Source: Weizmann Institute of Science 

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New process to make nanospheres could enable advances across multiple industries


QDOTS imagesCAKXSY1K 8(Nanowerk News) A patent-pending technology to produce  nanospheres developed by a research team at North Dakota State University,  Fargo, could enable advances across multiple industries, including electronics,  manufacturing, and biomedical sectors.

 

The environmentally-friendly process produces polymer-based  nanospheres (tiny microscopic particles) that are uniform in size and shape,  while being low-cost and easily reproducible. The process developed at NDSU  allows scale-up of operation to high production levels, without requiring  specialized manufacturing equipment.

NANOSPHERES
The environmentally-friendly process oxidizes ozone in water to produce  polymer-based nanospheres, ranging from 70 to 400 nanometers in diameter, that  are uniform in size and shape, stay suspended in solution, and are easily  removed using a centrifuge. The scanning electron microscopy image depicts the  uniform spherical morphology of these nanospheres.

A 3 a.m. Eureka! moment

Dr. Victoria Gelling, associate professor in the Department of  Coatings and Polymeric Materials at NDSU, had a “Eureka!” moment when she woke  early one morning – 3 a.m., to be precise, an hour when most of us are still  sleeping. Dr. Gelling used early morning creativity to imagine a new way to  oxidize monomers, which are relatively small and simple molecules, into  polymers, which are larger, more complex molecules that can be used to create  synthetic materials. Dr. Gelling hypothesized that oxidizing ozone in water  might accomplish this task.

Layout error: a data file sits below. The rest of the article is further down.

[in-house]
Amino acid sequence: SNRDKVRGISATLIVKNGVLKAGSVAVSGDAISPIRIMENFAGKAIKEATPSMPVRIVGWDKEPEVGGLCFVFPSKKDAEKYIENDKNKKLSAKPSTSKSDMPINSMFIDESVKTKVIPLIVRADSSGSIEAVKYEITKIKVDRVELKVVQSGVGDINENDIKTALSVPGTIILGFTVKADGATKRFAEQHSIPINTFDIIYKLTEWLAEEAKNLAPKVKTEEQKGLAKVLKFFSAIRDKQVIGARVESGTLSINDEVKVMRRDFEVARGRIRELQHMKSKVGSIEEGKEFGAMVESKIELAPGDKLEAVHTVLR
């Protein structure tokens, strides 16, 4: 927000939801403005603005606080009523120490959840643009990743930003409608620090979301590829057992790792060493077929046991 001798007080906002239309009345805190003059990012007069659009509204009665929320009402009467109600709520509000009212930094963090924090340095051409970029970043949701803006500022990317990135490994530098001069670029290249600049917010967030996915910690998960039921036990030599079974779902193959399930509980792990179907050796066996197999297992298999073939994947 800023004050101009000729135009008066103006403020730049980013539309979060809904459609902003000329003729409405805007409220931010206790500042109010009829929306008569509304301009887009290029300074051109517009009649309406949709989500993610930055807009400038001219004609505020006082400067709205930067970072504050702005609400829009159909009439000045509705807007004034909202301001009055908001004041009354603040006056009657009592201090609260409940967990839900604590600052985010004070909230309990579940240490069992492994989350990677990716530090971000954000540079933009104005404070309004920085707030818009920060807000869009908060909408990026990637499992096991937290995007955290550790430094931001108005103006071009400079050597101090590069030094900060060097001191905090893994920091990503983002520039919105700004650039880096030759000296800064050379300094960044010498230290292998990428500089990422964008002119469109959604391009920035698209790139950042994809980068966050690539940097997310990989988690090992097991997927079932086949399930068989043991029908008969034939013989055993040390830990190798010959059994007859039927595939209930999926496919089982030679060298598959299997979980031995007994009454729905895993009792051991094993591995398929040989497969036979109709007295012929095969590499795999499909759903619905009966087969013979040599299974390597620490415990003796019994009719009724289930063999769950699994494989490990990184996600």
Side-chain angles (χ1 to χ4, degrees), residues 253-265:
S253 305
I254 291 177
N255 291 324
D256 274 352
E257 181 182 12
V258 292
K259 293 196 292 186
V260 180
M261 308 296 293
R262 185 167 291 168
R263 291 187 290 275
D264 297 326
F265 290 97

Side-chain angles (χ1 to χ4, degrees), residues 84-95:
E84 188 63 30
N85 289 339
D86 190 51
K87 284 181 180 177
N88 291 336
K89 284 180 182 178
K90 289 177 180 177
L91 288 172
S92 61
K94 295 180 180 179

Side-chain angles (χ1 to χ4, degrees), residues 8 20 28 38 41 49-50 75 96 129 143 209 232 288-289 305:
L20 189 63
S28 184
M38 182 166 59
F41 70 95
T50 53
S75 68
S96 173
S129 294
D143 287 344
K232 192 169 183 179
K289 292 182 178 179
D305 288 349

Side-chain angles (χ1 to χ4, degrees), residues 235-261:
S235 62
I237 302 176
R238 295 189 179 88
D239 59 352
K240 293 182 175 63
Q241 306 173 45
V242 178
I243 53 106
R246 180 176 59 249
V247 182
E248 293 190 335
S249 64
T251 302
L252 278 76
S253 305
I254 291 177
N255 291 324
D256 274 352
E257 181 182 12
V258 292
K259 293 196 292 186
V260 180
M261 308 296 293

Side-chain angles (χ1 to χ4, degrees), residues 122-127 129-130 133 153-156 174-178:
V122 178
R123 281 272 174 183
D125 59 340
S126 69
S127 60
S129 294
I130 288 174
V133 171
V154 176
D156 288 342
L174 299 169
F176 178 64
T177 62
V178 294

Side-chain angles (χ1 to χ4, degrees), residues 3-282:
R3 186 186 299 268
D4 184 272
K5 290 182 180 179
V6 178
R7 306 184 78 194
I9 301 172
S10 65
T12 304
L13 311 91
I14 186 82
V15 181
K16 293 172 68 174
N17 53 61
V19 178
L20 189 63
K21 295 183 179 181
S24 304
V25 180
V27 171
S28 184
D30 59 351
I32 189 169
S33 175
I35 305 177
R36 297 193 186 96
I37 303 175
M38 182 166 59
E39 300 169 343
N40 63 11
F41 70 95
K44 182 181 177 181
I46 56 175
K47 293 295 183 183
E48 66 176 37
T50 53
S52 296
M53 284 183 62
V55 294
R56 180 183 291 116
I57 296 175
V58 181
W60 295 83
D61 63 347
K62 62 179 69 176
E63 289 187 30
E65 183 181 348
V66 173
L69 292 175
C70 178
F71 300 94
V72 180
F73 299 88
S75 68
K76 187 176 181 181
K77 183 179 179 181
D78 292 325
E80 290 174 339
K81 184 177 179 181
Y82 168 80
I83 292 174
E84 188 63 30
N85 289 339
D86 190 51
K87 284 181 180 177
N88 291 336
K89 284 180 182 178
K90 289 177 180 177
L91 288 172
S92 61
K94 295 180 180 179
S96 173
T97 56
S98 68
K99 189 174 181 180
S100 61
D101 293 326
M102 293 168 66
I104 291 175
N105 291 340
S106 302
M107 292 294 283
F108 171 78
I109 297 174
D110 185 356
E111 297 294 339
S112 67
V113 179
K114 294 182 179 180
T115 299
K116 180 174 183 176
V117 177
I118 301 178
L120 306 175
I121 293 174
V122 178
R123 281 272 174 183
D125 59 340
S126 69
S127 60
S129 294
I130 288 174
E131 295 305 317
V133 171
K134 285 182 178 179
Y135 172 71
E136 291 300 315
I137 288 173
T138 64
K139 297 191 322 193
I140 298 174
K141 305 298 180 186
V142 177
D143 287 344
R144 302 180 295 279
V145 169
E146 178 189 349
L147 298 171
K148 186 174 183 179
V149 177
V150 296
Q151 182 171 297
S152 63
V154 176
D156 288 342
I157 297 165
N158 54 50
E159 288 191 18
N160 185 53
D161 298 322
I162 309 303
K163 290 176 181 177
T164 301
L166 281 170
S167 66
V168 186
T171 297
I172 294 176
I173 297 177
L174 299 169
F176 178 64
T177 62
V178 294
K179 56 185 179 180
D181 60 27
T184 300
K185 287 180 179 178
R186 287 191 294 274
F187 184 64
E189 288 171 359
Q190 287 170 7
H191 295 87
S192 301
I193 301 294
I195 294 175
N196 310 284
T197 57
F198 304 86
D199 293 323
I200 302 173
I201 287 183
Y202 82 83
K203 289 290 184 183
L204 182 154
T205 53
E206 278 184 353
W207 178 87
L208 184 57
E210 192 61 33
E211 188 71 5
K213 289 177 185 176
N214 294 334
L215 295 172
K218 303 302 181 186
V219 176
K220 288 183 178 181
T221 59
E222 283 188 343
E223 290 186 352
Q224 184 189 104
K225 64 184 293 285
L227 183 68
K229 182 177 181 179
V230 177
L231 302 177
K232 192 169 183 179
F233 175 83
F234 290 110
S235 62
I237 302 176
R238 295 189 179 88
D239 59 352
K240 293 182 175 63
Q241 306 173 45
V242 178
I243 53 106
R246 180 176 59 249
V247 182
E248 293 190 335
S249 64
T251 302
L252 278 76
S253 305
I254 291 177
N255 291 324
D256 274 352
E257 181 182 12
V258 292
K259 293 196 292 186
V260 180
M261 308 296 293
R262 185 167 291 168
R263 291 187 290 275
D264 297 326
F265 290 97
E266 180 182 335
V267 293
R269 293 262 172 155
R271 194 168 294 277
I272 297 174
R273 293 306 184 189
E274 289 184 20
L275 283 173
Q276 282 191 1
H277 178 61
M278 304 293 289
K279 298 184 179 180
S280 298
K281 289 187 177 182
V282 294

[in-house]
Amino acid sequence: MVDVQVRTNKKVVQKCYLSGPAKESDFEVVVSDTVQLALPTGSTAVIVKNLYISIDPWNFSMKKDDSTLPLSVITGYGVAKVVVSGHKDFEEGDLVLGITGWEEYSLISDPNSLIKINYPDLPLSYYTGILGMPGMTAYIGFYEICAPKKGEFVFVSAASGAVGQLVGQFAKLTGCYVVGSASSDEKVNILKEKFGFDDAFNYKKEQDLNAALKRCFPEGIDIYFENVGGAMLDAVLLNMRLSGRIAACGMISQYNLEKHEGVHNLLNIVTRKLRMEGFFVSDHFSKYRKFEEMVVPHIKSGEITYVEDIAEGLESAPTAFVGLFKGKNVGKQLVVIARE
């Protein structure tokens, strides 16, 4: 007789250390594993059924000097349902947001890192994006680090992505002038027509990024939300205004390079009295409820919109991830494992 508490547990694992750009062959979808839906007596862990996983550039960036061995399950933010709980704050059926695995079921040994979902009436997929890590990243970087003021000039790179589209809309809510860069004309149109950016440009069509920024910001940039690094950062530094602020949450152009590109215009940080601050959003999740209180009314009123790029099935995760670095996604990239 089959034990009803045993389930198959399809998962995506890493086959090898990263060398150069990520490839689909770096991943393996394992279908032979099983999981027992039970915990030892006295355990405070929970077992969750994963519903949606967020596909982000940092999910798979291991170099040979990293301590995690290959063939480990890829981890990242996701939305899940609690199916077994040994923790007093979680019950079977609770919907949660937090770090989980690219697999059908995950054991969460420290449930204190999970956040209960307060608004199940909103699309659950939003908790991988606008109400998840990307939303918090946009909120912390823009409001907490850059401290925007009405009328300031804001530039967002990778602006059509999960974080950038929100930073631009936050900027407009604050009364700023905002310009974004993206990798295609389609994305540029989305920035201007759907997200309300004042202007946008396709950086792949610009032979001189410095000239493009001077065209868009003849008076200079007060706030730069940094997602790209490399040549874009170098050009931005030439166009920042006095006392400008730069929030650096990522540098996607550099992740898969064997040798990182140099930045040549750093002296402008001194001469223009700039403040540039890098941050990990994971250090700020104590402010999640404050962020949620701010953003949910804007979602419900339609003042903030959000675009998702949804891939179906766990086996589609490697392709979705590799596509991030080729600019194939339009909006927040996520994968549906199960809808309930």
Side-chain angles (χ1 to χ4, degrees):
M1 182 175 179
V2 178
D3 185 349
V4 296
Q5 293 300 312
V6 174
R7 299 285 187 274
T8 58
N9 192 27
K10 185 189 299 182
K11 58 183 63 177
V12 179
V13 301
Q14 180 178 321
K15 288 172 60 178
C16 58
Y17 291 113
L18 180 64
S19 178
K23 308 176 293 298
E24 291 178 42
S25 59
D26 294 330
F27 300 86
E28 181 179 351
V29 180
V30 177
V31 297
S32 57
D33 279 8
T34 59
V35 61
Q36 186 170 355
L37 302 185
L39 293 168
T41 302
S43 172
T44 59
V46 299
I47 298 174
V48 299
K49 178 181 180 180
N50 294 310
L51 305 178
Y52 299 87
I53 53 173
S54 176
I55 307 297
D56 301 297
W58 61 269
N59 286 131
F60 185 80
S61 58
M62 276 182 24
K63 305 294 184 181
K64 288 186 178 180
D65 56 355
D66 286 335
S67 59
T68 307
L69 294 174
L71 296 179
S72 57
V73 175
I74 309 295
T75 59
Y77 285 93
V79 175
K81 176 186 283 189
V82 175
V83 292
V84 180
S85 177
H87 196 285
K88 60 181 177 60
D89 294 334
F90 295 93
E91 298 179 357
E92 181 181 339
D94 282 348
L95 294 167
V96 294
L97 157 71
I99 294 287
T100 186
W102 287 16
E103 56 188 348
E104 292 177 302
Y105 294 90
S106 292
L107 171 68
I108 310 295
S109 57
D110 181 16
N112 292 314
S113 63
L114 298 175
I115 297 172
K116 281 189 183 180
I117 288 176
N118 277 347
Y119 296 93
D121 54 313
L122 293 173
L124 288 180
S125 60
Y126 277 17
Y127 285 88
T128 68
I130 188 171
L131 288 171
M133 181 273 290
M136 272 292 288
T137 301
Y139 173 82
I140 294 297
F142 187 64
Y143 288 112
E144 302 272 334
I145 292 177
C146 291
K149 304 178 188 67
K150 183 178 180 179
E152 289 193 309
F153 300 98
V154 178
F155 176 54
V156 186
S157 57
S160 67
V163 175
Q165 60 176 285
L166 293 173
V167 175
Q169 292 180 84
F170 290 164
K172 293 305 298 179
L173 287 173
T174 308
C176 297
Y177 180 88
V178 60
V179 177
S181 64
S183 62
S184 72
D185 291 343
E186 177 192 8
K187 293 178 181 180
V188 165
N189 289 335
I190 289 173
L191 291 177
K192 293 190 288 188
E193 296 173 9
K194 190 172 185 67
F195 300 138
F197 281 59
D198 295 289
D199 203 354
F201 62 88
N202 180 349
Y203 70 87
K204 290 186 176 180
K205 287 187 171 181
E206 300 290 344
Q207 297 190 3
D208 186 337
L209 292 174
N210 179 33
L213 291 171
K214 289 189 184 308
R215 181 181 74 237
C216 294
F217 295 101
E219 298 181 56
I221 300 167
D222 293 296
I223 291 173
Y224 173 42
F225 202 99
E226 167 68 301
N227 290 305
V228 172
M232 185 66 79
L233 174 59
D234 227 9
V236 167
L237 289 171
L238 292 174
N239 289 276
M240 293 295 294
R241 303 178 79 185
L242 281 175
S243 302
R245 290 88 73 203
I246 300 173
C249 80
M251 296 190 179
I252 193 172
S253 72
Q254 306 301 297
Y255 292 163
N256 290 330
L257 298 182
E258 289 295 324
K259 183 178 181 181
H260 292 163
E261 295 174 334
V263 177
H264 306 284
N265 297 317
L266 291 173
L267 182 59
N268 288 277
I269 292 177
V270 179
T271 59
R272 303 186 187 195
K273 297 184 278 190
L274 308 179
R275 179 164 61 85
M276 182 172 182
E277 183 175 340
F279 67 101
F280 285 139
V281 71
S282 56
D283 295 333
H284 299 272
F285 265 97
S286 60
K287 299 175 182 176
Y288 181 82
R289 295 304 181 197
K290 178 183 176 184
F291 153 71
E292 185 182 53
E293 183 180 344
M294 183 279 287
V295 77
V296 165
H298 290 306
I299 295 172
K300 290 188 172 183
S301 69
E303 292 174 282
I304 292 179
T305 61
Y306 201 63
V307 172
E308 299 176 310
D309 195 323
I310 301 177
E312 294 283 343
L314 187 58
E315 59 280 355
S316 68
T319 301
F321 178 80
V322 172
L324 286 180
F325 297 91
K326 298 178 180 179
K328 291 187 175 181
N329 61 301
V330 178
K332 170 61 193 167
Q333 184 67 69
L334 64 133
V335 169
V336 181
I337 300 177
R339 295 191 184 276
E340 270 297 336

Later that day in the lab, Dr. Gelling and her team tested the  hypothesis. On the first try, they created a suspension of nearly perfectly  rounded, uniformly-sized nanospheres, ranging from 70 to 400 nanometers in  diameter. In addition to their uniform size, the nanospheres stay suspended in  the solution, and are easily removed using a centrifuge.

“The synthesis of the nanospheres is rather simple, with no  other chemicals required other than water, ozone, and the small molecules which  will become the polymers,” said Dr. Gelling. “We also have tight control of the  size, as they are beautiful, perfect marbles.”

Given their uniform size and shape, the nanospheres could have  uses across multiple industries. According to Dr. Gelling, such nanospheres  could be used to:

  • Produce  high-performance electronic devices and energy-efficient digital displays
  • Create  materials with high conductivity and smaller parts for consumer electronics
  • Deliver  medicine directly to diseased cells in the body
  • Provide  antibacterial coating on dressing for wounds
  • Develop  nanosensors to aid in early disease detection
  • Create  coatings that provide increased protection against corrosion and  abrasion